nep-cna New Economics Papers
on China
Issue of 2009‒01‒17
six papers chosen by
Zheng Fang
Ohio State University

  1. Exporting and Firm Performance: Chinese Exporters and the Asian Financial Crisis By Albert Park; Dean Yang; Xinzheng Shi; Yuan Jiang
  2. Vertical Integration, Institutional Determinants and Impact: Evidence from China By Joseph P.H. Fan; Jun Huang; Randall Morck; Bernard Yeung
  3. China’s provincial disparities and the determinants of provincial inequality By Thomas Gries; Magarete Redlin
  4. Industrial Coal Demand in China: A Provincial Analysis By Matteo Manera; Cristina Cattaneo; Elisa Scarpa
  5. Common Influences, Spillover and Integration in Chinese Stock Markets By Enzo Weber; Yanqun Zhang
  6. Revisiting the psychic distance paradox: international retailing in China in the long run (1840-2005 By Andrew Godley; Haiming Hang

  1. By: Albert Park; Dean Yang; Xinzheng Shi; Yuan Jiang
    Abstract: We ask how export demand shocks associated with the Asian financial crisis affected Chinese exporters. We construct firm-specific exchange rate shocks based on the pre-crisis destinations of firms' exports. Because the shocks were unanticipated and large, they are a plausible instrument for identifying the impact of exporting on firm productivity and other outcomes. We find that firms whose export destinations experience greater currency depreciation have slower export growth, and that export growth leads to increases firm productivity and other firm performance measures. Consistent with "earning-by-exporting", the productivity impact of export growth is greater when firms export to more developed countries.
    JEL: D24 F10 F31 L60
    Date: 2009–01
  2. By: Joseph P.H. Fan; Jun Huang; Randall Morck; Bernard Yeung
    Abstract: Where legal systems and market forces enforce contracts inadequately, vertical integration can circumvent these transaction difficulties. But, such environments often also feature highly interventionist government, and even corruption. Vertical integration might then enhance returns to political rent-seeking aimed at securing and extending market power. Thus, where political rent seeking is minimal, vertical integration should add to firm value and economy performance; but where political rent seeking is substantial, firm value might rise as economy performance decays. China offers a suitable background for empirical examination of these issues because her legal and market institutions are generally weak, but nonetheless exhibit substantial province-level variation. Vertical integration is more common where legal institutions are weaker and where regional governments are of lower quality or more interventionist. In such provinces, firms led by insiders with political connections are more likely to be vertically integrated. Vertical integration is negatively associated with firm value if the top corporate insider is politically connected, but weakly positively associated with public share valuations if the politically connected firm is independently audited. Finally, provinces whose vertical integrated firms tend to have politically unconnected CEOs exhibit elevated per capita GDP growth, while provinces whose vertically integrated firms tend to have political insiders as CEOs exhibit depressed per capita GDP growth.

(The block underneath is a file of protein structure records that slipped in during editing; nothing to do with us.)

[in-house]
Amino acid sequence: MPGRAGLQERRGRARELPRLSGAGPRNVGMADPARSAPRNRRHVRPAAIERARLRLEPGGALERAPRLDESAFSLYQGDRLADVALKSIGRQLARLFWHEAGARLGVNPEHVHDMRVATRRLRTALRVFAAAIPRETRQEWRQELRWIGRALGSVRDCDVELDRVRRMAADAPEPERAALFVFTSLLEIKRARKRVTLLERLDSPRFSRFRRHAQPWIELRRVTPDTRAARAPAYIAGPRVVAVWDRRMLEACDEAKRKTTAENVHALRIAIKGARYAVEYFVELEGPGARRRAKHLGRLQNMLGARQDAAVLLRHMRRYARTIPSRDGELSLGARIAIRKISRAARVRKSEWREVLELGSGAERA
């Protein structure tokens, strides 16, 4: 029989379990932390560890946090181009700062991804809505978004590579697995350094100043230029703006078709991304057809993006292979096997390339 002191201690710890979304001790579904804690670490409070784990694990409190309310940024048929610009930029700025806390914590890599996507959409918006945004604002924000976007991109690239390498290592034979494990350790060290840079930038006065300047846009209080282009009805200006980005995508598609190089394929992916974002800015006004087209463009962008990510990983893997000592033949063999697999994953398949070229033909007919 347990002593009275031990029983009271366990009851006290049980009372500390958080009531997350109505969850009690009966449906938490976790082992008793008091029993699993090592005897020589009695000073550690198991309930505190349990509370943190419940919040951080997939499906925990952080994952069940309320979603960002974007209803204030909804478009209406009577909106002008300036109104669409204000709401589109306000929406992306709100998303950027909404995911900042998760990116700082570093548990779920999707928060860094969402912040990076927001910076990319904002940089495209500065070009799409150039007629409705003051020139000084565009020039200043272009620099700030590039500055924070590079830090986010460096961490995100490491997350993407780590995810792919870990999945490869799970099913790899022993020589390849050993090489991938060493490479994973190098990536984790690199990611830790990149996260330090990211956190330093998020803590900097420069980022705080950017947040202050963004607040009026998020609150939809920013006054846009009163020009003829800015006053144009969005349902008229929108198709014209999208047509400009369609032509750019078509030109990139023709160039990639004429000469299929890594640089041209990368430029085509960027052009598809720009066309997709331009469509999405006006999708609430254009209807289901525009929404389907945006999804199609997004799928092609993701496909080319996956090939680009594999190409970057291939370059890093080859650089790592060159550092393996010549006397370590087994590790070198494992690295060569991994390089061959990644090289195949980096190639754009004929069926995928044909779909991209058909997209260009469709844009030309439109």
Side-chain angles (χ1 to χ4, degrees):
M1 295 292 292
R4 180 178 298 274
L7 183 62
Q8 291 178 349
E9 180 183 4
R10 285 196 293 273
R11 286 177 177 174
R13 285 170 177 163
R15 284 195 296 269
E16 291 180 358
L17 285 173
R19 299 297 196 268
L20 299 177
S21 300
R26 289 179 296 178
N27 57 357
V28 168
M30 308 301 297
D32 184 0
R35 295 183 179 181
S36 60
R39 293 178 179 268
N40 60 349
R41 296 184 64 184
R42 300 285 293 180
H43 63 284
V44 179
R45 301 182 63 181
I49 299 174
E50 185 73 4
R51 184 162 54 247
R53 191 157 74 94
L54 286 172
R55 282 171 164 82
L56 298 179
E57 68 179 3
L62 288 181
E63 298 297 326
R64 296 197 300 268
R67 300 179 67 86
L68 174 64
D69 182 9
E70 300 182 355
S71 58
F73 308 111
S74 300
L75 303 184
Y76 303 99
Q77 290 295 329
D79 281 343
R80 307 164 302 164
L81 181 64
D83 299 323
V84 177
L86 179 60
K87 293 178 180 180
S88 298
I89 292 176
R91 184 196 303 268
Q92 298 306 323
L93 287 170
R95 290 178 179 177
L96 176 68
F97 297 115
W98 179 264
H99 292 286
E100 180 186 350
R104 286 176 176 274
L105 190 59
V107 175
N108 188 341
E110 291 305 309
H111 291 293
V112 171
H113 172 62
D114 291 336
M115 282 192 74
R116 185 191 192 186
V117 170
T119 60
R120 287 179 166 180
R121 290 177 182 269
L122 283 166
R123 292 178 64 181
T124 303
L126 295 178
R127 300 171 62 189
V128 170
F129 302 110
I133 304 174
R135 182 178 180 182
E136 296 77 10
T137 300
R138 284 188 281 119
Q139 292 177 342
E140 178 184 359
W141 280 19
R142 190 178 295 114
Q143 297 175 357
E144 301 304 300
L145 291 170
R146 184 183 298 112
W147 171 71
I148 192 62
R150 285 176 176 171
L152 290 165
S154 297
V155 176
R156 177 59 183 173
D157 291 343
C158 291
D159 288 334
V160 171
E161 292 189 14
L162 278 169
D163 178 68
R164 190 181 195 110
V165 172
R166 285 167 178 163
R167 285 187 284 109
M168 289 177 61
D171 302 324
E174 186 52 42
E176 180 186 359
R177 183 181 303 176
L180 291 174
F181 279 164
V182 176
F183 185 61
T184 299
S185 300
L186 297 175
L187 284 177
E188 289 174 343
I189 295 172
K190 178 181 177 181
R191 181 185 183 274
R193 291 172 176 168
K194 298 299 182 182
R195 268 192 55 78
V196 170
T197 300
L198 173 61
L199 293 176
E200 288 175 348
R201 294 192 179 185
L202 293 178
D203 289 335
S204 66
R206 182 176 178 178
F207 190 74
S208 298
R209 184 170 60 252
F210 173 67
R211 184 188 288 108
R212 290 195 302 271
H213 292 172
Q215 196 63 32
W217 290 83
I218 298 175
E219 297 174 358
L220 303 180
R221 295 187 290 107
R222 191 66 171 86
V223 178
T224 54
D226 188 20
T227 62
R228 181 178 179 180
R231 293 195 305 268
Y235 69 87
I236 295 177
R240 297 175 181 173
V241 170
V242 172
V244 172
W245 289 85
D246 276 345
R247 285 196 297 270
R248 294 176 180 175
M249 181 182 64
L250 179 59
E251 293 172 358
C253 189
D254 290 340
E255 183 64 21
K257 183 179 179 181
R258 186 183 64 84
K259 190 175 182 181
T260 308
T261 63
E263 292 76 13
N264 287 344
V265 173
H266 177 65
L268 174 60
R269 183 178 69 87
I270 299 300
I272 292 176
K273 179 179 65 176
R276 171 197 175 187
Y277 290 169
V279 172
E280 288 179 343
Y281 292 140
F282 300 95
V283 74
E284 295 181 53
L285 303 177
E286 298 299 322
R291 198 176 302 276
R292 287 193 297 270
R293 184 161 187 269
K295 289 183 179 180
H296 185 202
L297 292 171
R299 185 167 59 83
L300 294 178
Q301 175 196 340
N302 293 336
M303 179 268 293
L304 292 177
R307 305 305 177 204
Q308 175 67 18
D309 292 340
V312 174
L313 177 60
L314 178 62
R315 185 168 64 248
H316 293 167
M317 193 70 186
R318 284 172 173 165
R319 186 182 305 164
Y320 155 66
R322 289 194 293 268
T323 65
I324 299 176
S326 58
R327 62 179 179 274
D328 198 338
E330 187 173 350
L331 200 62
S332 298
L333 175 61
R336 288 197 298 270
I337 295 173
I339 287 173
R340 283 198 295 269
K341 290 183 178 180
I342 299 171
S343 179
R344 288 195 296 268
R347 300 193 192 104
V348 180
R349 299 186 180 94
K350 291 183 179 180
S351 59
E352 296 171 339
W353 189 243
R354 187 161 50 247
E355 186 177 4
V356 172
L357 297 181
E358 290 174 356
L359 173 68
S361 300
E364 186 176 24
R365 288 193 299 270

JEL: G38 L22 P14 P16
    Date: 2009–01
  3. By: Thomas Gries (University of Paderborn); Magarete Redlin (University of Paderborn)
    Abstract: The paper explains the growth — inequality nexus for China’s provinces. The theoretical model of provincial development consists of two regions and studies the interactions of a mutually depending development process. Due to positive externalities, incoming trade and FDI induce imitation and hence productivity growth. The regional government can influence the economy by changing international transaction costs and providing public infrastructure. Due to mobile domestic capital, disparity effects are reinforced. The implications of the theoretical model are tested. As the central intention of the paper is to explain provincial disparity we directly relate income disparity (indicated by the contribution to the per capita income Theil index) to the disparity of selected income determining factors (indicated by the contribution to every other Theil index of the determinants). We examine the determinants of income and inequality for 28 Chinese provinces over the period 1991-2004 and apply a fixed effects panel estimation. Our analysis is based on revised GDP and investment data from Hsueh and Li (1999) and various sources of Chinese official statistics provided by the National Bureau of Statistics (NBS). The results confirm the theoretical framework and suggest a direct linkage between the factors that determine regional income and regional disparity. More specific, it is apparent that trade, foreign and domestic capital and government expenditure have an impact on the provincial inequality. Moreover, it is the success of the coastal regions and hence potentially geography with the low international transaction costs that drives the provincial inequality of China.